Powers Of Attorney – Part 3 – Misuse Of Powers
By Cary A. Lind
Cases on Misuse of Powers of Attorney (continued).
Fort Dearborn Life vs. Holcomb, 316 Ill.App.3d 485, 736 N.E.2d 578, 249 Ill.Dec. 384 (Ill.App. Dist. 1, 2000). Paul was married to Susan and executed a power of attorney naming her as his agent. Paul and Susan were having marital troubles, and Paul was involved in a romantic relationship with Janet. Paul changed the beneficiary on his life insurance policies to Janet, Paul became incompetent, competent again, then incompetent again. Susan used the power of attorney to change the beneficiary on Paul’s policies to herself. Paul died, and Janet and Susan both made claims to the insurance proceeds. The insurance company filed an interpleader action and deposited the insurance proceeds with the Court.
The trial court found that the power of attorney was not in the statutory form and was not revoked. Since the power was non-statutory, the agent had broad plenary powers, including the power to change beneficiaries on life insurance policies. As such, Susan won, because she was within her rights to change the beneficiary. The appellate court found to the contrary that the power of attorney was “substantially” in statutory form. Because the power was statutory, §3-4 of the Power of Attorney Act applied. §3-4 prohibited changing the beneficiary of a life insurance policy because the beneficiary was one “whom the principal has designated to take the principal’s interest at death.” The catchall provision did not expand the powers that were expressly limited in other portions of the power of attorney (citing Mabry). The appellate court further noted that even if it agreed that the power was non-statutory, the result would be the same, because the document itself specifically referred to §3-4 of the Act. The case was reversed and remanded.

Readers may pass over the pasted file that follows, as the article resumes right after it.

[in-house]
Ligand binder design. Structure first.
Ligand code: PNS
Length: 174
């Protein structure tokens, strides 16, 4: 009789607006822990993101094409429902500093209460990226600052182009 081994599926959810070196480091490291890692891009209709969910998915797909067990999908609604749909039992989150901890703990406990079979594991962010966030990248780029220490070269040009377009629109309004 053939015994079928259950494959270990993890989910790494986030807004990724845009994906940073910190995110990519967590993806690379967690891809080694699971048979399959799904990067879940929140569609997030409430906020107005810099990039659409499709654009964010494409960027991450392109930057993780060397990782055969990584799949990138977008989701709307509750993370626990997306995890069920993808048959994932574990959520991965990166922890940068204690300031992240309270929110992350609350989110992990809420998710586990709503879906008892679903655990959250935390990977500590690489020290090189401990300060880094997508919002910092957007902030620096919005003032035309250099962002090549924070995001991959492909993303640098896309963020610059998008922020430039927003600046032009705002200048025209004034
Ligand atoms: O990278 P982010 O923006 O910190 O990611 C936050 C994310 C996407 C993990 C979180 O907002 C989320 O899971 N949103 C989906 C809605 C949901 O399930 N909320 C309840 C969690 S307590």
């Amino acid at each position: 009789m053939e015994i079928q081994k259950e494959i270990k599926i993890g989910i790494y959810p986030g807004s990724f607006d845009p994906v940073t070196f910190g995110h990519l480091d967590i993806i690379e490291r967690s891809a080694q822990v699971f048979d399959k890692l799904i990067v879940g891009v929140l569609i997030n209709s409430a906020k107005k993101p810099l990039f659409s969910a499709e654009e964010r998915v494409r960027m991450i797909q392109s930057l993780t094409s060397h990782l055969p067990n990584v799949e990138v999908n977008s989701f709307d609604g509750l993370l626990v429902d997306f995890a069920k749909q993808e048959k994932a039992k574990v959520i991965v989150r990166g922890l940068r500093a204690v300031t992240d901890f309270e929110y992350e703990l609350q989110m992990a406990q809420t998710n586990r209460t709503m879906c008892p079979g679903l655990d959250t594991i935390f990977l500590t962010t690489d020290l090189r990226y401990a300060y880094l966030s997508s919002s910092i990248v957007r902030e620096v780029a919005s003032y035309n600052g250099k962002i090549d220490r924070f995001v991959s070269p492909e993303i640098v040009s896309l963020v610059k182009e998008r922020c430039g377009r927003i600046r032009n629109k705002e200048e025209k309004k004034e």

NOTE: This appellate case appears to be the first one that used the Power of Attorney Act to analyze the facts. Because of the reference to §3-4, the result would have been the same without use of the Act. Had the power been non-statutory and had §3-4 not been referenced, the result would have been different, as the next case shows. The case is another example of the agent benefiting herself without any benefit to the principal and without any other explanation for the change.
Hoopingarner vs. Stenzel , 329 Ill.App.3d 271, 768 N.E.2d 772, 263 Ill.Dec. 691 (Ill.App. Dist. 3, 2002).
Helen named Fred and Jennifer as her agents under a non-statutory power of attorney. Helen later attempted to change the beneficiary of an annuity to Klara. Jennifer then used the power of attorney to change the beneficiary of the same annuity to a trust of which she was the sole beneficiary. One week later, Jennifer surrendered the annuity and received the funds. After Helen died, Klara filed claims against both agents.
The trial court granted both a §2-615 motion to dismiss and motion for summary judgment in favor of the agents and against Klara. On appeal, the appellate court determined that the initial change of beneficiary to Klara was irrelevant. Once the annuity was surrendered during Helen’s life, no beneficiary could take any interest in the annuity upon her death. The question then was whether the surrender of the annuity by use of the power of attorney was proper. The appellate court found the power to be non-statutory and cited §2-9 of the Power of Attorney Act as the governing statute. Under that section, the court required proof of “bad faith” to overcome the agent’s change of the principal’s estate plan. Since there was no evidence of bad faith, Klara could not prevail on that basis. Further, except for the annuity, Helen never changed the rest of her “estate plan” under which the entire estate would go to Jennifer. The appellate court also looked at §2-7 of the Act. That section requires the agent to act with due care for the benefit of the principal. Klara presented no proof that Jennifer did not act with due care for Helen’s benefit. Since there was insufficient proof to invalidate the agent’s action under either provision, the rulings of the trial court were sustained.
NOTE: The court’s analysis was based on Article II of the Power of Attorney Act and the fact that the power of attorney was non-statutory. If the power had been a statutory power, Klara’s case would not have been dismissed, because the stricter standards would have applied.
Estate of Romanowski, 329 Ill.App.3d 769, 771 N.E.2d 966, 265 Ill.Dec. 7 (Ill.App. Dist. 1, 2002). In 1993, Genevieve executed a statutory power of attorney naming Evelyn, her daughter, as agent. Evelyn created a land trust and transferred commercial property into the trust. Genevieve was the beneficiary of the trust, and Evelyn and her daughter Eileen were the contingent beneficiaries. Genevieve died in 1997. The property was sold in 1998, and Evelyn and Eileen received the proceeds. In 1999, letters of administration were issued to Edward, one of Genevieve’s sons. Edward initiated citation proceedings to recover the proceeds.